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ESG Rules

ESG Environmental, Social, Governance
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Kerby Andersonnever miss viewpoints

Last year, when I was speaking at an open forum, I was asked a question about the ESG Index, which I answered. After the session, I had several people come up to me and express their surprise that I knew what these ESG rules were and had an answer for the questioner.

I suspect those people know quite a bit more about ESG now. Stephen Moore, for example, warns: “Biden’s ESG Investment Rules Threaten Your Retirement Savings.” The Labor Department “announced a new rule that will permit money managers to play politics with trillions of dollars of people’s retirement savings.” That means that retirement fund managers can select stocks of companies based on their positions on environmental, social, and governance criteria.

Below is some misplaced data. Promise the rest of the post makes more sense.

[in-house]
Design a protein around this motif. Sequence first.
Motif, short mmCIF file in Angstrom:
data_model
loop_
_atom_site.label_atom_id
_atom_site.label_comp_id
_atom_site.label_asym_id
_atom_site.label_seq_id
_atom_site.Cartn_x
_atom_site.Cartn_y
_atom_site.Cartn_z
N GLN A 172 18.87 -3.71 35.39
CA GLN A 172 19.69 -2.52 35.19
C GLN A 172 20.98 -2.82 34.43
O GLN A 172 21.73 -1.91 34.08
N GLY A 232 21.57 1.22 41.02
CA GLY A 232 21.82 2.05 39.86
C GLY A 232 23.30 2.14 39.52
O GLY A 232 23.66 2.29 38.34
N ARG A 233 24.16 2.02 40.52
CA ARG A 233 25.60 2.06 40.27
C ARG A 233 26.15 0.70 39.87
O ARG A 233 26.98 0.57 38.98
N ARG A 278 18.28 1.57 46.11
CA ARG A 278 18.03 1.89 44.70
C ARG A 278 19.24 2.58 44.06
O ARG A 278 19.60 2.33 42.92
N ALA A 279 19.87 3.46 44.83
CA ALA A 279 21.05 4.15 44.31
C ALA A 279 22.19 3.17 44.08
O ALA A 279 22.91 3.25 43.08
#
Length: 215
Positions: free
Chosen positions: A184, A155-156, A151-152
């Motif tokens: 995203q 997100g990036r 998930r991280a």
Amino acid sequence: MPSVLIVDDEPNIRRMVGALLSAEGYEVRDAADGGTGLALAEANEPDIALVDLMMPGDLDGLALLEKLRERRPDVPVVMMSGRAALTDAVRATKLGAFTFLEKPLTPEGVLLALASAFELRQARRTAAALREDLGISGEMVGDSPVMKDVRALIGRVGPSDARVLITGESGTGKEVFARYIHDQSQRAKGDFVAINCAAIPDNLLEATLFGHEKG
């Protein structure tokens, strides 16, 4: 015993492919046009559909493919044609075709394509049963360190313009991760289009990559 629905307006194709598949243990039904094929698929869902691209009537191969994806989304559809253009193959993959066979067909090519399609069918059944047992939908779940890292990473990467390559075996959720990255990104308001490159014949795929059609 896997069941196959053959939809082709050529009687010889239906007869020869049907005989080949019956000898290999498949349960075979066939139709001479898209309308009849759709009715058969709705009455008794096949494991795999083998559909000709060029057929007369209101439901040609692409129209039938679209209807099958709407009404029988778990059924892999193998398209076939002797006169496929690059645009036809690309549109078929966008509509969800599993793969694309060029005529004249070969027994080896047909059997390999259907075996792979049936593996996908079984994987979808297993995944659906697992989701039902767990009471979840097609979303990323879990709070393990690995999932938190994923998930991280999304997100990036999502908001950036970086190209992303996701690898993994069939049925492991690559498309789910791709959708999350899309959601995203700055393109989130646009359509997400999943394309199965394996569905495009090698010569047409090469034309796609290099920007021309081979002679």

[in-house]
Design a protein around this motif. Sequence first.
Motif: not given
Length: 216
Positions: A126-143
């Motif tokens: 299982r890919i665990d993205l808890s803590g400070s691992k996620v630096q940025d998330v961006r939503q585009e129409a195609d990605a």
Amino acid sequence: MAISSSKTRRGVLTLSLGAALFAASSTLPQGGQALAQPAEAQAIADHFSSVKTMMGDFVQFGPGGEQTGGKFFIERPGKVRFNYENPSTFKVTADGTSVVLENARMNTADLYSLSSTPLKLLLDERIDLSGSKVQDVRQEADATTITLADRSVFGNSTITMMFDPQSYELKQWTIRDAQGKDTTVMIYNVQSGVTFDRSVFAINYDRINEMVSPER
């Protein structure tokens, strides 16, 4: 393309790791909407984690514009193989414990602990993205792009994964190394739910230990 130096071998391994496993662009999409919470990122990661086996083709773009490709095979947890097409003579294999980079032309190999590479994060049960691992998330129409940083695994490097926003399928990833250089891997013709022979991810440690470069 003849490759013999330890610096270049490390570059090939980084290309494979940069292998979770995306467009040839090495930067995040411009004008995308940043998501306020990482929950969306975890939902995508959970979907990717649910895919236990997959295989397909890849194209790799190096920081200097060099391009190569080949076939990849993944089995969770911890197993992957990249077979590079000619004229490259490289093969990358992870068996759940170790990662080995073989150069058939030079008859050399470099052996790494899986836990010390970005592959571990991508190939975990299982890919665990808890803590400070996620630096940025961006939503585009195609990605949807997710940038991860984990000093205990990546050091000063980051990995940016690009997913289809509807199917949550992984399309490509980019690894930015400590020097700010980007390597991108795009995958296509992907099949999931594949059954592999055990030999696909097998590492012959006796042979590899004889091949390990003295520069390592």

As I have mentioned in previous commentaries, ESG investments have performed poorly financially. Stephen Moore points to money managers who divested in traditional oil and gas companies, such as Exxon or Chevron. They were two of the highest-performing stocks last year.

But ESG investing hasn’t even achieved its goals. He cites research from Columbia University and the London School of Economics. They compared the 147 ESG fund portfolios to the 2,000 non-ESG portfolios. The ESG companies were often worse when it came to labor and environmental law compliance.

It does appear that the ESG fad is waning because of various stories in the media and research that compares annual returns. In some cases, retirement funds have lost money. Stephen Moore concludes, “There goes that payment on that retirement home in Arizona or Florida.”

That’s why more Americans are paying attention to ESG rules. It affects their investments and retirement savings.viewpoints new web version

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